By Scott Taylor, General Counsel, California State Library*
Embarking into a new year — 2021— and beyond, I have identified three trends which appear to be noteworthy as it relates to data and privacy amongst consumers and businesses.
Public Awareness of Privacy
With voters in California passing Proposition 24 — the California Privacy Rights Act (CPRA) on November 3, 2020, it seems the average citizen is becoming more aware of their digital footprint and privacy within that footprint. The main theme throughout the CPRA appears to be the maximization of a consumer’s privacy related to a business purpose. The intersection between businesses, service providers, contractors, third parties and consumers has come down on the side of the consumer and protection of his or her privacy.
The COVID-19 pandemic has forced most people to telework and conduct business from the privacy of their home utilizing the internet, and all the different websites to conduct both our business and personal lives. As a result, individual users or consumers are becoming more aware of privacy issues especially health, financial, and employee information privacy and protecting their personal information.
Moving into 2021 and the years to follow companies will inevitably feel the pressure to evolve and comply with the various aspects of CPRA which includes an enforcement component and new regulations to coincide with the newly passed Act.
The Advancement of Consumer Privacy and the Nuanced Landscape
Besides California, Nevada and the European Union other countries are starting to understand consumer privacy and how much of an issue it has become in their respective countries or regions such as China, India and Australia. As our business world becomes more connected and California companies conduct business internationally these companies will have to be more cognizant of the privacy landscape and how each region, country or state may be different and what may be required in conducting business and other implications of contracting for services with a service provider or third-party entity.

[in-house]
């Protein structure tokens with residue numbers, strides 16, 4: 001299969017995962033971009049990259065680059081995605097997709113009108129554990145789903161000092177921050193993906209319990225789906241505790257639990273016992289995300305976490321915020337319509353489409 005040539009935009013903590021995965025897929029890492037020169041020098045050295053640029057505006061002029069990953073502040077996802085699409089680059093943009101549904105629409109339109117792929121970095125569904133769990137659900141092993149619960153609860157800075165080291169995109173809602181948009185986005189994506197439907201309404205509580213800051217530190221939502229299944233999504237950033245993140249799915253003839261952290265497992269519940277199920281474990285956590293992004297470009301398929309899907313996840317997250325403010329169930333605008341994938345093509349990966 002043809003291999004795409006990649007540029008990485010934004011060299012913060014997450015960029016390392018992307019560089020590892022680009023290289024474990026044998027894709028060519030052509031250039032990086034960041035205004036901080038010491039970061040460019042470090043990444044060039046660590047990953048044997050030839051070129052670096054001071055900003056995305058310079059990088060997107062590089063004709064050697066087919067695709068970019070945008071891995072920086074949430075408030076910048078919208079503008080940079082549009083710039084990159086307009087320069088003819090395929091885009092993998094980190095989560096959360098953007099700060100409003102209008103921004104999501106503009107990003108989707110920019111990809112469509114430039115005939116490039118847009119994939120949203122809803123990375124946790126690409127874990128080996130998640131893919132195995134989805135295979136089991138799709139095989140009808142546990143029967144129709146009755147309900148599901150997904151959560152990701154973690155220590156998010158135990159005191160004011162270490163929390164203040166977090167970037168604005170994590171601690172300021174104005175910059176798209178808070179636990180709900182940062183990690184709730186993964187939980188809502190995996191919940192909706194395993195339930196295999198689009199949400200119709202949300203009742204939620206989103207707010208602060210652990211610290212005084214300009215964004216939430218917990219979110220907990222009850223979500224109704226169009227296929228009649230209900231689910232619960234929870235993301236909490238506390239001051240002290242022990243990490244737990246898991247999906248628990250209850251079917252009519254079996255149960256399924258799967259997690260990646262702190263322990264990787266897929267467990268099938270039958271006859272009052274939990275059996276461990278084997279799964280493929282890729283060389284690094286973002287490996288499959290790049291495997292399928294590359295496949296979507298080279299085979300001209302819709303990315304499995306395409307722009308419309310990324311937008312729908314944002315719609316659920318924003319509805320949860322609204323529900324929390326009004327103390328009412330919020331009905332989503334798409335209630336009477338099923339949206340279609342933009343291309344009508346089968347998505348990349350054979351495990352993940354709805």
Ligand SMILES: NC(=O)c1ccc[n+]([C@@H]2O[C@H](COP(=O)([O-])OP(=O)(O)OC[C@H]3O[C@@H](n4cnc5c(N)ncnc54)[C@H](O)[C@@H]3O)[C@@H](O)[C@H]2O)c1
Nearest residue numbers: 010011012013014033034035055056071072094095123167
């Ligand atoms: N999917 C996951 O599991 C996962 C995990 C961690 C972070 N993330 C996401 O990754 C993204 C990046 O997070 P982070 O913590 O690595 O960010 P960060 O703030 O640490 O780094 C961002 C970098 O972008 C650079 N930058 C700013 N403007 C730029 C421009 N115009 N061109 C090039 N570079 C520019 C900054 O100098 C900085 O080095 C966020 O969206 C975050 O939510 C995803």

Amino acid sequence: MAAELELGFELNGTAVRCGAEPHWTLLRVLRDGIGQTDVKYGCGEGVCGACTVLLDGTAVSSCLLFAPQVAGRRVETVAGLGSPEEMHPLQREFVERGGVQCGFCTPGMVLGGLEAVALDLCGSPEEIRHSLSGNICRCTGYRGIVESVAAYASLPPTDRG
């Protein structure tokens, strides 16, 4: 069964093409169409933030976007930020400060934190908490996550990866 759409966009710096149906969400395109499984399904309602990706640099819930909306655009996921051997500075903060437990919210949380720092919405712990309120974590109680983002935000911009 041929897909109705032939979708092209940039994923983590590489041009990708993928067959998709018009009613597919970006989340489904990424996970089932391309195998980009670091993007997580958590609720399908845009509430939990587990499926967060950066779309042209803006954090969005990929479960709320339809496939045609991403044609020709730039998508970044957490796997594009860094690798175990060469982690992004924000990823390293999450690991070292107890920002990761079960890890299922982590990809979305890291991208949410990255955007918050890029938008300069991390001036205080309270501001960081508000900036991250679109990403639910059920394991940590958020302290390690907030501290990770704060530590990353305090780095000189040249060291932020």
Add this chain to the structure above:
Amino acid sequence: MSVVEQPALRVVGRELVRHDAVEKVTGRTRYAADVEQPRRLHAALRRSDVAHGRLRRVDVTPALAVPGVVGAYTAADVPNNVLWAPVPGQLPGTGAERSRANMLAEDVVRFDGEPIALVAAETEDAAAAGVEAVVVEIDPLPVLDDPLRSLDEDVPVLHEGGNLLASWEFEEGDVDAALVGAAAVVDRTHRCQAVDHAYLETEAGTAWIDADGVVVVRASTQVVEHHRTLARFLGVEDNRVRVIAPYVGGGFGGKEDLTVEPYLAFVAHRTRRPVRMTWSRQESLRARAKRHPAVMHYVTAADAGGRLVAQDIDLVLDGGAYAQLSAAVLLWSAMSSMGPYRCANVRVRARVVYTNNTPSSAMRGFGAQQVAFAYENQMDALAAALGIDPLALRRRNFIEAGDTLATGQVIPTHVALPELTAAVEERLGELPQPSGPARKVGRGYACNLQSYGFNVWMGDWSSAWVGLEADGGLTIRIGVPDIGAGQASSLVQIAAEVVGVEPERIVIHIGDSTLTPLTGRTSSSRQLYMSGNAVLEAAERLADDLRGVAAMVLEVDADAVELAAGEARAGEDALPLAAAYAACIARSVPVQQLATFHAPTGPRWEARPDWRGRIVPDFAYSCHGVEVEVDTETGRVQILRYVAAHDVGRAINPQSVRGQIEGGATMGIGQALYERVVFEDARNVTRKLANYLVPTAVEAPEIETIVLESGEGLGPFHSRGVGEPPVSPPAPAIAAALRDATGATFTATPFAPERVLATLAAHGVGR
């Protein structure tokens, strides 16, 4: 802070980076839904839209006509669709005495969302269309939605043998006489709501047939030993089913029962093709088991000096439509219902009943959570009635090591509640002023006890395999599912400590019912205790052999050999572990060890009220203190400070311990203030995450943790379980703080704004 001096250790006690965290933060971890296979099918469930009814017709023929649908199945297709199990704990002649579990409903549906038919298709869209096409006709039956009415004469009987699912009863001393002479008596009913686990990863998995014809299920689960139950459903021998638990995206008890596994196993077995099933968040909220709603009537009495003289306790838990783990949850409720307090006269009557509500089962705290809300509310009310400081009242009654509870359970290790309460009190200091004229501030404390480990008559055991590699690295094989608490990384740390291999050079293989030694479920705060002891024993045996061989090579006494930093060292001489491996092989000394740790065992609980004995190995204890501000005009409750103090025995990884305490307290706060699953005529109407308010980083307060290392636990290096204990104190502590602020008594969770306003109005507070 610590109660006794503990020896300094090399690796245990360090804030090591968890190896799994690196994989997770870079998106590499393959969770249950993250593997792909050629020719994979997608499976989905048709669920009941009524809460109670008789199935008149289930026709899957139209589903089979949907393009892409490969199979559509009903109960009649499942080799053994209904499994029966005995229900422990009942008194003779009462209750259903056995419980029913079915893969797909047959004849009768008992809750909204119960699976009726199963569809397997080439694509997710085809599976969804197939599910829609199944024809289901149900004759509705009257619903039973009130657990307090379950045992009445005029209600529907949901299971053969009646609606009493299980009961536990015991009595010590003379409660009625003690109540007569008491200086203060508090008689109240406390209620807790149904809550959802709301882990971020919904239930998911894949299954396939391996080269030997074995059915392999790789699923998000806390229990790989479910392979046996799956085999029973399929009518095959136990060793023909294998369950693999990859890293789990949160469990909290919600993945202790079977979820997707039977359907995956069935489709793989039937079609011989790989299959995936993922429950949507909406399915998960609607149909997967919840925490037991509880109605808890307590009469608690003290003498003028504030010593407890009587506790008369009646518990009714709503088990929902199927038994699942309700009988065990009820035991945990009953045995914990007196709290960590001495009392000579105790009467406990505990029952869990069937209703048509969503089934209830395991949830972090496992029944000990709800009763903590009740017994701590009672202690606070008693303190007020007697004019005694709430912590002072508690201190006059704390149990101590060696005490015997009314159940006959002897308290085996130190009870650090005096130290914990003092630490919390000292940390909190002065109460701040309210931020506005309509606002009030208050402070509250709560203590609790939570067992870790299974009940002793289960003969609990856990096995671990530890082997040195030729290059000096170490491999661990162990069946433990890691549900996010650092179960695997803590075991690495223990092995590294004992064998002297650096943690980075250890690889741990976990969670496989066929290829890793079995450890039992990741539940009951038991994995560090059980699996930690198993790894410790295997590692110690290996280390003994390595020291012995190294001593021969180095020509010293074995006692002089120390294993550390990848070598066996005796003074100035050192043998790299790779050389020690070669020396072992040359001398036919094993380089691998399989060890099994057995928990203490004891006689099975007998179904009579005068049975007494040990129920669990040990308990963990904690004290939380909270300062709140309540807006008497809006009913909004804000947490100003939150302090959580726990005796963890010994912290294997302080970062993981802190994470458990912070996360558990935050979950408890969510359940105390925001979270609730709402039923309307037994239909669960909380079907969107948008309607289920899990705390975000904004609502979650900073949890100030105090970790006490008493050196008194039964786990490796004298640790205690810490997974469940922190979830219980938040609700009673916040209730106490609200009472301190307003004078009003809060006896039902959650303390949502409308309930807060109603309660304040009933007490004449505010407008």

A California business who has an interstate or international presence related to consumer’s data and its privacy will have to be mindful of the nuanced landscape.
Federal Privacy Law to Follow or Not
There has been a considerable amount of discussion as to whether or not the federal government will pass a privacy law to address consumer privacy related to data and personal information. There are a couple of notable things that have taken place which may change the federal mindset in putting out a law addressing this issue.
First, California, along with Nevada, have come out with the California Privacy Protection Act (CCPA) and now the CPRA. Additionally, several states have introduced bills to enact their own data privacy laws. These developments may provide direction to Congress to follow in enacting a privacy law.
Secondly, the California Attorney General’s Office promulgated regulations related to the CPPA, and the new CPRA calls for additional regulations.
Third, based off the presidential election the United States voted in President Joe Biden and Vice-President Kamala Harris. Based off this election result of November 3, 2020, it could be the impetus needed to ignite the collaborative effort by Congress to come up with federal legislation that Biden would approve of. Plus, there is agreement from both sides of the aisle, so to speak, in which consumer protection would not be as heavy of a lift compared to a different political issue. As a result of the combination of these factors and others this may be the time for the federal government to pass consumer privacy protection for the United States.
As 2021 gets underway, these three identified trends, along with others not mentioned, will be something to keep an eye out as the debate and changes continue in the data consumer protection landscape.
* Views of author are his own and do not represent the views of his employer, the California State Library.